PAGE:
The neonatal Golden Hour—intervention to improve quality of care of the extremely low birth weight infant

Suzanne Reuter, Stephen Messier, Dennis Steven
South Dakota Medicine: the Journal of the South Dakota State Medical Association 2014, 67 (10): 397-403, 405

INTRODUCTION: The "Golden Hour," the first 60 minutes following the birth of an extremely premature infant, are perhaps the most important of his or her life. Specific attention to respiratory management, temperature regulation, and vascular access, undertaken via a standardized approach may have immeasurable long-term benefits, and make the difference between life and death.

METHODS: We present our new approach to the extremely premature infant during the Golden Hour, a protocol to improve the initial body temperature, length of hospital stay, and incidence of bronchopulmonary dysplasia of the extremely low birth weight infant.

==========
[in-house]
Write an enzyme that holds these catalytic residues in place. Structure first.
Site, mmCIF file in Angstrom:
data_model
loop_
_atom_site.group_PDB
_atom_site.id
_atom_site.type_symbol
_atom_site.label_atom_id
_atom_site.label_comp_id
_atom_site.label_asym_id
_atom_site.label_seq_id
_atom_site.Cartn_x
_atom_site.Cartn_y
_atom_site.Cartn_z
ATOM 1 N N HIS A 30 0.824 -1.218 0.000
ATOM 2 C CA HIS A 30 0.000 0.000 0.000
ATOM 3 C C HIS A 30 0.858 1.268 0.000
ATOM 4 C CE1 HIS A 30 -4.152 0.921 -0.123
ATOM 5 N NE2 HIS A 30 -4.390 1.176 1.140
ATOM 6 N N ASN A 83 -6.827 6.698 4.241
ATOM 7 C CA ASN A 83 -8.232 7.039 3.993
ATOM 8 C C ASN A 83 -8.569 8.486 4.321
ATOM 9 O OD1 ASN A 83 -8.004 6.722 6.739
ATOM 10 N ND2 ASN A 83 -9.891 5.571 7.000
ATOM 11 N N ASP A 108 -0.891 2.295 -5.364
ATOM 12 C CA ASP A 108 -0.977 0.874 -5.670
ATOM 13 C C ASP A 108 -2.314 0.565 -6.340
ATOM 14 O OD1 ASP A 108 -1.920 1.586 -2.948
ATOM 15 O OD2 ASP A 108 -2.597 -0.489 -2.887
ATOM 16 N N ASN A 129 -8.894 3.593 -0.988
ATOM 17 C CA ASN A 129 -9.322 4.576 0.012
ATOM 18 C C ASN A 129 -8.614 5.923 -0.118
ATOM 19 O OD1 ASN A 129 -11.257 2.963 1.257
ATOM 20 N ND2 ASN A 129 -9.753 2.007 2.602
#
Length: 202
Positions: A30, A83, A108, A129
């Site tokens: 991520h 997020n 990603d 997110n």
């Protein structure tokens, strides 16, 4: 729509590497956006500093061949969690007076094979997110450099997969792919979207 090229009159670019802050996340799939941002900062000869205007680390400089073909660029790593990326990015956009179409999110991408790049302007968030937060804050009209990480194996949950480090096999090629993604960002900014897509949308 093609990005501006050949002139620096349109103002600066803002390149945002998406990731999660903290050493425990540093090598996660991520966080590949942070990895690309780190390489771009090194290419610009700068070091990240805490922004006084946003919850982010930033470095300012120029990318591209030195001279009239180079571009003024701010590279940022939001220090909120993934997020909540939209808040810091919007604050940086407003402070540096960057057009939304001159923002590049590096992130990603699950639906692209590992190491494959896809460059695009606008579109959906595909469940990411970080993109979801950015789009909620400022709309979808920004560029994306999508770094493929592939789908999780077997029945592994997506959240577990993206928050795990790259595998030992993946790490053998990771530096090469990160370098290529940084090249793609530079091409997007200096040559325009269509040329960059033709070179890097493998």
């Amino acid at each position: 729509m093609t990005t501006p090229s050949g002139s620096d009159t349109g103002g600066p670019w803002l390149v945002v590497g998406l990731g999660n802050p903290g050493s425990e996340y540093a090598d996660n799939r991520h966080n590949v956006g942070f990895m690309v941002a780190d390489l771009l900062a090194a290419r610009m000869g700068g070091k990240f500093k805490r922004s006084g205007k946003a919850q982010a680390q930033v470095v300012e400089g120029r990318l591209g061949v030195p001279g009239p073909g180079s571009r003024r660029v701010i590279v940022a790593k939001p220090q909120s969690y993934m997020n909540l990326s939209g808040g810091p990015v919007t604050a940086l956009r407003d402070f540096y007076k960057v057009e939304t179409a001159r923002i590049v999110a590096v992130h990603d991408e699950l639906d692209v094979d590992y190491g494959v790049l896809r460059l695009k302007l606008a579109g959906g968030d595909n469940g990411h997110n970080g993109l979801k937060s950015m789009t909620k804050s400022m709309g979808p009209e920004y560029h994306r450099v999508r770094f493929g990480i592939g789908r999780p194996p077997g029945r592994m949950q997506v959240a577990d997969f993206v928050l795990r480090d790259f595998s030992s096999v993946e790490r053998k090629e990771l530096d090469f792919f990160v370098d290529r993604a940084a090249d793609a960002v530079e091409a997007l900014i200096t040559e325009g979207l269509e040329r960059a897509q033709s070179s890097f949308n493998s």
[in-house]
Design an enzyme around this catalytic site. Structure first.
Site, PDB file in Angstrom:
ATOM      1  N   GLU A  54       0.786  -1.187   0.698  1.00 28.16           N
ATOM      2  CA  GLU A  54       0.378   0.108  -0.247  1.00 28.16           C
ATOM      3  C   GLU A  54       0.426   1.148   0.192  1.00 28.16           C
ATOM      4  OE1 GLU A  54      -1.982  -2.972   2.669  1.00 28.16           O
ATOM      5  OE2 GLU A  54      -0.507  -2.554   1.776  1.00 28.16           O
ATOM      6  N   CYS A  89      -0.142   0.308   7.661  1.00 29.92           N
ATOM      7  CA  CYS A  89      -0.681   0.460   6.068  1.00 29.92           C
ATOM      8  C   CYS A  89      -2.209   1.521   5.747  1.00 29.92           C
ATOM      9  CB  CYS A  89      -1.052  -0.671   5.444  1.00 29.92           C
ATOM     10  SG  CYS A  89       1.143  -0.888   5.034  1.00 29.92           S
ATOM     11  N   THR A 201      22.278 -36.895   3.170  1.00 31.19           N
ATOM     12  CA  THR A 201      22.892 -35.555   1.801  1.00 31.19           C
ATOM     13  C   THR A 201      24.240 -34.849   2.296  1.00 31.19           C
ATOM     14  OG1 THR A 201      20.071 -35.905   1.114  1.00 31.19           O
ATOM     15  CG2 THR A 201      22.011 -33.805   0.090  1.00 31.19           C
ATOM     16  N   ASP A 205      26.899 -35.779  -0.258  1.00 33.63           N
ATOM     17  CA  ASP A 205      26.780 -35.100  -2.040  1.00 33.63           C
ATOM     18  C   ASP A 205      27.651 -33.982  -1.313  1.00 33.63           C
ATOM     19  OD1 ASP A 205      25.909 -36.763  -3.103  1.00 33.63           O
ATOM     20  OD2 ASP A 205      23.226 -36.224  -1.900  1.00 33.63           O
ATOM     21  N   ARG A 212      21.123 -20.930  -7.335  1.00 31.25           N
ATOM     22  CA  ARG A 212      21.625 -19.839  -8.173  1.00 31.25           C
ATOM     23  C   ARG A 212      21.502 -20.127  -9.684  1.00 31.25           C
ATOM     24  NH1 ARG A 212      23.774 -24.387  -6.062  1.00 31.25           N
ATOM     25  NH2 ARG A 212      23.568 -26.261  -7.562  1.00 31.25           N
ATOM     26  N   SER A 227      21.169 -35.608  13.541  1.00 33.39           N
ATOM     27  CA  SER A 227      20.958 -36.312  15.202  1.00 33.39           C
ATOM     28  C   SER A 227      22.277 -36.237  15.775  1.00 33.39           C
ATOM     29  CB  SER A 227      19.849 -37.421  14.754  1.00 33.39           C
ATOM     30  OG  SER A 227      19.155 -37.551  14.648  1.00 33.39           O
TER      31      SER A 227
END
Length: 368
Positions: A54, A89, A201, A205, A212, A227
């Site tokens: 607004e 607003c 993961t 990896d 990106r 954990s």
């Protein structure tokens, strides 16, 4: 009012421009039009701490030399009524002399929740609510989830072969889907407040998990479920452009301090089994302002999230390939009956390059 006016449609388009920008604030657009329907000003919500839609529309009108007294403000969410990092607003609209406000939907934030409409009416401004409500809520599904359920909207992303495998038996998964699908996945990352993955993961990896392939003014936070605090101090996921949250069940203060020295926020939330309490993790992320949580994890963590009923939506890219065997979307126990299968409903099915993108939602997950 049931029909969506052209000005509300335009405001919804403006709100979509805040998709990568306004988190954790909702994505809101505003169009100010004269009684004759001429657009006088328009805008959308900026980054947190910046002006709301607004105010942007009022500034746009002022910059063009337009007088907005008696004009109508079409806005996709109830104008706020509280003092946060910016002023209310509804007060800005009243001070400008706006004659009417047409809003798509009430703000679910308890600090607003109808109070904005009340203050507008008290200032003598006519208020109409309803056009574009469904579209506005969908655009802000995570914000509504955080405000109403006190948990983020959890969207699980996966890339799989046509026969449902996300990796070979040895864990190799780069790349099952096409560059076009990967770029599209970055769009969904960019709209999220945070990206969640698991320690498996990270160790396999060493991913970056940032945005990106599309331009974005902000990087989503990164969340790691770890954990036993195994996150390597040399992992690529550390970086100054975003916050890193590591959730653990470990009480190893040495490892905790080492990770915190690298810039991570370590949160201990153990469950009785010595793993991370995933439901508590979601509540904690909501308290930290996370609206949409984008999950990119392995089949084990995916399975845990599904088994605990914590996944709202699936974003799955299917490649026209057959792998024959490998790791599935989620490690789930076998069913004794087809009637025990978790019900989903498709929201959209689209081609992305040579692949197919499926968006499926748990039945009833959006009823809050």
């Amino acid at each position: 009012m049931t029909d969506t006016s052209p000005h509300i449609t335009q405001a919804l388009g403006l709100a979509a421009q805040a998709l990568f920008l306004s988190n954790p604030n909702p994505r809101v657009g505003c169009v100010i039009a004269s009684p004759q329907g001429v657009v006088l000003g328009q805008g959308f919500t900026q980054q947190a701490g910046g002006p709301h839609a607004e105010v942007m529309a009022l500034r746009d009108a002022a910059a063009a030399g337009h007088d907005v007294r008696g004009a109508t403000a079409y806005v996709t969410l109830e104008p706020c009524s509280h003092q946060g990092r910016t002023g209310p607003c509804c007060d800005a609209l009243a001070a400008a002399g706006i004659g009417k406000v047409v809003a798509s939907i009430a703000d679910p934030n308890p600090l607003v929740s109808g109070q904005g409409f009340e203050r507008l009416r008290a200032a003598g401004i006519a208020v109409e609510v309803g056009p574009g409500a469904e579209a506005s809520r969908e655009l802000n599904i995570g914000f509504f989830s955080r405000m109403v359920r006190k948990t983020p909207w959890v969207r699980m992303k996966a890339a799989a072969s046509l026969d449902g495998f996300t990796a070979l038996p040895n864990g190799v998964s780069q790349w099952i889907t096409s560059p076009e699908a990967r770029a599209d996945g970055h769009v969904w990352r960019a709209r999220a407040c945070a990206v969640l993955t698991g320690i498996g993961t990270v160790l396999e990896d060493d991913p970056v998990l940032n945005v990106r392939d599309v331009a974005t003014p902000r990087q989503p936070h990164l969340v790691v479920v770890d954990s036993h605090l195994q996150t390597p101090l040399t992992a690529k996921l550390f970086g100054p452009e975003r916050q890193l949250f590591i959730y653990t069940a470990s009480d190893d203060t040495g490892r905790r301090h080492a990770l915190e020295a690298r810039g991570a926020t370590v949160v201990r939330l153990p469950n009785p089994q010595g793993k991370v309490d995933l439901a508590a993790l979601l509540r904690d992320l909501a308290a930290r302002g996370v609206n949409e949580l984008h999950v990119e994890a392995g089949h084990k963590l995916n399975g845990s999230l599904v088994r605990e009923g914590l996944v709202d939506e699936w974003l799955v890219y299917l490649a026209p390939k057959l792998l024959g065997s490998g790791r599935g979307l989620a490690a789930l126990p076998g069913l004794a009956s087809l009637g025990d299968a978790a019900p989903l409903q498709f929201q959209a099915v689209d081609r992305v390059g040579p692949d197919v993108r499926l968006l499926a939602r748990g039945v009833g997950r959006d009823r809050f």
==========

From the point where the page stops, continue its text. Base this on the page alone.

RESULTS: We did not find statistically significant differences in minimum temperature during resuscitation, length of hospital stay or rate of bronchopulmonary dysplasia after implementation of the Golden Hour. We observed a decrease in the incidence of intraventricular hemorrhage (IVH) (18 versus 46 percent). The placement of umbilical catheters was much faster during the Golden Hour (35 versus 56 minutes) but arrival in the NICU was significantly delayed (80 versus 15 minutes).

CONCLUSIONS: We were not able to detect differences in temperature management, bronchopulmonary dysplasia or average length of hospital stay following implementation of the Golden Hour protocol. However, we observed a marked decrease in intraventricular hemorrhage and faster time for umbilical catheter insertion than prior to the protocol. Long-term follow-up of these infants is critical to assess neurodevelopmental benefits gained from use of the protocol.

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